A number of academics have signed a letter accusing the Association for Asian Studies of failing to inform the participants of an upcoming conference that the Centre had explicitly asked it to exclude scholars from Pakistan from the event. The conference will take place in New Delhi from July 5 to July 8.

“These directives were written in a letter from the Ministry of External Affairs dated February 19, 2018, prior to the deadline for registration,” the letter said. “As such the conference organiser’s claim that too much prior planning and organization had already been done, does not hold weight.”

Accusing the organisation of lacking transparency, the academics said that had the AAS made it known in advance that Pakistanis were barred, “participants could have made informed decisions about whether to support and attend the conference”. The academics said that it was not financially viable for many participants to boycott the conference at this stage.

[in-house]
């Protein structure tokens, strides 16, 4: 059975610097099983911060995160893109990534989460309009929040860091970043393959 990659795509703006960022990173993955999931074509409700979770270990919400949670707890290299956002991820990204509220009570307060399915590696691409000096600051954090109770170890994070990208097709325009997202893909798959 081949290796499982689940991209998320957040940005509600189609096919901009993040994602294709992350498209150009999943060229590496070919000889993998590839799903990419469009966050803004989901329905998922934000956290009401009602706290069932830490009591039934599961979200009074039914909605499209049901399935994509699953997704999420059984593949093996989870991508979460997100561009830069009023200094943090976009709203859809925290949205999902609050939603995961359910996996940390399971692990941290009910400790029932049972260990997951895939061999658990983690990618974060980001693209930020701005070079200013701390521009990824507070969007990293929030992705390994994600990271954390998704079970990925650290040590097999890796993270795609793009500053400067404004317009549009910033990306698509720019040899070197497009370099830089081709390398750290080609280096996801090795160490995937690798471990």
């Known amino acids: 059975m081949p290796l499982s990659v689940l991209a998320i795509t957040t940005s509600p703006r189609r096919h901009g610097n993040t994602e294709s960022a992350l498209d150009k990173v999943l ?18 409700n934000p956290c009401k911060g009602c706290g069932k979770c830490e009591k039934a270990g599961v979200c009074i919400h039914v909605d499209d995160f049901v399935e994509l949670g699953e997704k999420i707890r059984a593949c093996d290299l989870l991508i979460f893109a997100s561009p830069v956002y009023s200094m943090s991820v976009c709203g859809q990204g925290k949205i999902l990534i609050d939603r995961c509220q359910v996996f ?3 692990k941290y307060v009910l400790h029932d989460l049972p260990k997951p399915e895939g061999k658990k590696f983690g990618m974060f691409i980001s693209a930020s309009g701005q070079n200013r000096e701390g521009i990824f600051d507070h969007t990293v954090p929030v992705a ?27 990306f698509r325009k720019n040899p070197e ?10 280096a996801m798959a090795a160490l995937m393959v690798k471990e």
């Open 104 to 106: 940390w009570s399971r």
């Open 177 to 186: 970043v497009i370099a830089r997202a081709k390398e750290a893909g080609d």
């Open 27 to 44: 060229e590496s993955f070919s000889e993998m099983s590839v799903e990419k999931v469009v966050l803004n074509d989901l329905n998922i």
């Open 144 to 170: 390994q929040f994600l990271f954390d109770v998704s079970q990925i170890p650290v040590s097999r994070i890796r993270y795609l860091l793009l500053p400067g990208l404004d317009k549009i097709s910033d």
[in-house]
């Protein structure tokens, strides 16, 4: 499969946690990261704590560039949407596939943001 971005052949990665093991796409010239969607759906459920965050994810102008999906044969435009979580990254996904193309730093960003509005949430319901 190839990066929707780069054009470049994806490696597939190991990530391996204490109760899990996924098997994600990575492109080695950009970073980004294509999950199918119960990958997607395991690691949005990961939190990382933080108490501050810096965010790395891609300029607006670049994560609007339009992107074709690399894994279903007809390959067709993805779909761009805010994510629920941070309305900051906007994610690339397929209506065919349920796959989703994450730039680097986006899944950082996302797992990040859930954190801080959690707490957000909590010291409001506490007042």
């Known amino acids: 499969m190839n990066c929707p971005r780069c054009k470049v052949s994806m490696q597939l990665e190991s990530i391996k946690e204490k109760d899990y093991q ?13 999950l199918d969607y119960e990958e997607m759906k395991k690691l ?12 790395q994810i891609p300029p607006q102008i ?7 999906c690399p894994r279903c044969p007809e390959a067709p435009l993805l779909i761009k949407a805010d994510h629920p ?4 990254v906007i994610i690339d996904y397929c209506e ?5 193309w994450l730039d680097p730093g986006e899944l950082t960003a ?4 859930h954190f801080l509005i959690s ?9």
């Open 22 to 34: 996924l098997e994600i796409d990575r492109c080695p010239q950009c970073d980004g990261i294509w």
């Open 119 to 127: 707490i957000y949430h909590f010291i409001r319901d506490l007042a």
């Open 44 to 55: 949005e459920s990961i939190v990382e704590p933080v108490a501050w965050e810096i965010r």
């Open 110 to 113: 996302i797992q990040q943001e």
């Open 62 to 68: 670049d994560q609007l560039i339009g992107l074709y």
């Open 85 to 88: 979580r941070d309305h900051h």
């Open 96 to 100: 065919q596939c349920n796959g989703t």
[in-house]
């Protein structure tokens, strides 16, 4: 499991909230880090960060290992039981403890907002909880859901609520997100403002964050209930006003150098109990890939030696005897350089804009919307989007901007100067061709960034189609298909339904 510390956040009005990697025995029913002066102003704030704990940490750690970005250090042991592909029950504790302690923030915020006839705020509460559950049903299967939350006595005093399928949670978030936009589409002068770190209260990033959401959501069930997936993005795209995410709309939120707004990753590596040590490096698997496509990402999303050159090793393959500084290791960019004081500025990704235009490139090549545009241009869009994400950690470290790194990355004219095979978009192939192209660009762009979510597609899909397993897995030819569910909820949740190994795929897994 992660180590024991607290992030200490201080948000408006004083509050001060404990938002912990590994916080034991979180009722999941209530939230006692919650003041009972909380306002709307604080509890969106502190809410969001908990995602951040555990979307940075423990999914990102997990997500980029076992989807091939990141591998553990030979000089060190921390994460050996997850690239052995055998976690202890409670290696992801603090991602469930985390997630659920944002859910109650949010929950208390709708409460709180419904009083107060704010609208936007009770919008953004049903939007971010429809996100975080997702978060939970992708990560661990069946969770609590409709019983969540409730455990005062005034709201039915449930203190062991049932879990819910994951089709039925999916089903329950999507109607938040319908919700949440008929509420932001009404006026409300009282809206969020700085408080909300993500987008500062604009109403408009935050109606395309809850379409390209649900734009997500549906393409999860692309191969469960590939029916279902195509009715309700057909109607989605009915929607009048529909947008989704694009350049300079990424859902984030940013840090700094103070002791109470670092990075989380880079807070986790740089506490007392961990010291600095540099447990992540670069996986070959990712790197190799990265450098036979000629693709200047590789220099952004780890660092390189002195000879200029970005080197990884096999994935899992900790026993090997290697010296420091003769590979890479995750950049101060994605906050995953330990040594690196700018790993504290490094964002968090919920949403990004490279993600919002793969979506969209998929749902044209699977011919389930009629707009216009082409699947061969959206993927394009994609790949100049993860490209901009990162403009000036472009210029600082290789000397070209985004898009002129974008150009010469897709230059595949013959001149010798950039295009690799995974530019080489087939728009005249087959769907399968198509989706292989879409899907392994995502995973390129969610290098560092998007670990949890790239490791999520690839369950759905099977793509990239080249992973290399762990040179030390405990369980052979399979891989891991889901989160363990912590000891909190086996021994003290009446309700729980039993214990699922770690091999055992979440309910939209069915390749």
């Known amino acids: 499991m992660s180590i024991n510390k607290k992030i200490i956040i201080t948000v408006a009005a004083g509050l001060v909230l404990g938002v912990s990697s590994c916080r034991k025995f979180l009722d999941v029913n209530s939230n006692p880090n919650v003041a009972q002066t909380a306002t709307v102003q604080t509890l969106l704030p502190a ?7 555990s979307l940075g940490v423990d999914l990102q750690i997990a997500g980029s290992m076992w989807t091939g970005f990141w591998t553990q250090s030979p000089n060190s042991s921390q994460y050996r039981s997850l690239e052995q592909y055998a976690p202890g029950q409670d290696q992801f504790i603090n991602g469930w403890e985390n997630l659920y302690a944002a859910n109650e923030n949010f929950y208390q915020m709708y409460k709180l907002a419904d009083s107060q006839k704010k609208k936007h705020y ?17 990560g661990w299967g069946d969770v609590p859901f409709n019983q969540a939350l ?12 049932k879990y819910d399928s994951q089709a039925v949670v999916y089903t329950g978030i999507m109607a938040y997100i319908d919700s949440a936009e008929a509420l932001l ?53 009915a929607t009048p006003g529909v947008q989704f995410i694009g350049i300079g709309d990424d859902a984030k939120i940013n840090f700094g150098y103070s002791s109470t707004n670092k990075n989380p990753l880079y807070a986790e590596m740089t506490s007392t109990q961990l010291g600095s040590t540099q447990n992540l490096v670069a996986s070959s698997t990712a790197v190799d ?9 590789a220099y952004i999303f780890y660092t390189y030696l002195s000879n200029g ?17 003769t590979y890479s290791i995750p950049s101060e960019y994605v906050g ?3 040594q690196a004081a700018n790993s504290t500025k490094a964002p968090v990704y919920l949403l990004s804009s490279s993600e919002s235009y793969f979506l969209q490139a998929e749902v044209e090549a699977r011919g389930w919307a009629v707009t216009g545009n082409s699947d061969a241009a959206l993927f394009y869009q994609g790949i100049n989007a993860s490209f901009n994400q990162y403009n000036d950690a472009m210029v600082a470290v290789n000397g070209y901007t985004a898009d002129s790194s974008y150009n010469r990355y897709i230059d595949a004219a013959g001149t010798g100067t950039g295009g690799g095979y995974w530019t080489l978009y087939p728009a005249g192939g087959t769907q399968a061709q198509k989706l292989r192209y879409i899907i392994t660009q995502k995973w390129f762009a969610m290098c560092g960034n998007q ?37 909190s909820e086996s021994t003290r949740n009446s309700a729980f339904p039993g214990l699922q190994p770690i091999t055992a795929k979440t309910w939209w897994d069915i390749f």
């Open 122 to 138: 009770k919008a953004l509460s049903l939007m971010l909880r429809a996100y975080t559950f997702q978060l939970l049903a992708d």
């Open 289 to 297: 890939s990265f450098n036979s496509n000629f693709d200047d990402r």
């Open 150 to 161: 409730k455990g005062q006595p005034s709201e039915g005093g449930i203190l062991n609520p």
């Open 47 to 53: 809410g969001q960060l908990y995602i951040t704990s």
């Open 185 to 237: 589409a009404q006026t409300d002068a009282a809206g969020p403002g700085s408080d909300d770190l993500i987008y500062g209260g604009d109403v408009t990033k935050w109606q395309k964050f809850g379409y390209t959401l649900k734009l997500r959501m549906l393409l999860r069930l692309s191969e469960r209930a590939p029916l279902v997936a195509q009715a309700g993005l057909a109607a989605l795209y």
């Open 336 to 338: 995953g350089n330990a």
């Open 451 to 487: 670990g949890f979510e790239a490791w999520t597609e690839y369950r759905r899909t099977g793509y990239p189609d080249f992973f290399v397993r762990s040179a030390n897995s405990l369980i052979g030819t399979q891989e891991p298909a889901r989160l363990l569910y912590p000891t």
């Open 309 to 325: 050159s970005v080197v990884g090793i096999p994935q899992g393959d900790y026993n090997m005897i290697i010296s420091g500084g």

“It is ethically unacceptable that the AAS did not immediately publish a statement of support for our Pakistani colleagues, and did not immediately condemn the government’s attacks on academic freedom,” the letter said. “This is despite the fact that the American Institute for Pakistan Studies was a co-sponsor of the conference.” It accused the association of complicity with the government of India.

The signatories said that the Association for Asian Studies, though it had expressed “regret” at the government’s decision, could have explored alternative ways of holding the conference, including a different location, a virtual event or registering a formal protest with the Indian government.

“The AAS cannot simultaneously claim to represent scholarship on Asia while allowing its conference to become the grounds for the Indian state – or any other state, for that matter – to enact virulent and blatant forms of religious, national, or other forms of exclusionary violence,” the letter said. It claimed that the association’s acceptance of the government ban on Pakistani participants meant that either it did not think the country needed to be represented, or it wanted Pakistan to be represented but not by Pakistanis themselves.